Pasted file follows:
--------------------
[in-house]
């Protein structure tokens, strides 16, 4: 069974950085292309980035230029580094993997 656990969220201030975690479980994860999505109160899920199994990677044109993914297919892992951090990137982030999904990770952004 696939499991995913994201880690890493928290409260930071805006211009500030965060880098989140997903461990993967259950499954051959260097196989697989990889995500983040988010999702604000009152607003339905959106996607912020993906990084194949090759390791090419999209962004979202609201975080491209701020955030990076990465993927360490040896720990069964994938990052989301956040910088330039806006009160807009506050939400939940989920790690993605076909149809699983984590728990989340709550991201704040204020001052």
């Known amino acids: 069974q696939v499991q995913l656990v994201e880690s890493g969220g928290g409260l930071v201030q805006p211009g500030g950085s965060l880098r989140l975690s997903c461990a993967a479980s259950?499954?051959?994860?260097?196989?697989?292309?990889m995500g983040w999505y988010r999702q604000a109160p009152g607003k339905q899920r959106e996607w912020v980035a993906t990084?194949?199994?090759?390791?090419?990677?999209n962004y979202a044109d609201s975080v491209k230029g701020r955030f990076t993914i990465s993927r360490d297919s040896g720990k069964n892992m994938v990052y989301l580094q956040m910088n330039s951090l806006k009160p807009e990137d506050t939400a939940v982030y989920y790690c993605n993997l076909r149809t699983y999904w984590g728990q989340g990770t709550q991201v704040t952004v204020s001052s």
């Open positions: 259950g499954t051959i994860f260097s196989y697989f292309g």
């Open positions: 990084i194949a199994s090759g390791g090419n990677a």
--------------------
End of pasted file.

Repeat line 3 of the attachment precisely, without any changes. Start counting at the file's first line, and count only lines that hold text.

């Known amino acids: 069974q696939v499991q995913l656990v994201e880690s890493g969220g928290g409260l930071v201030q805006p211009g500030g950085s965060l880098r989140l975690s997903c461990a993967a479980s259950?499954?051959?994860?260097?196989?697989?292309?990889m995500g983040w999505y988010r999702q604000a109160p009152g607003k339905q899920r959106e996607w912020v980035a993906t990084?194949?199994?090759?390791?090419?990677?999209n962004y979202a044109d609201s975080v491209k230029g701020r955030f990076t993914i990465s993927r360490d297919s040896g720990k069964n892992m994938v990052y989301l580094q956040m910088n330039s951090l806006k009160p807009e990137d506050t939400a939940v982030y989920y790690c993605n993997l076909r149809t699983y999904w984590g728990q989340g990770t709550q991201v704040t952004v204020s001052s």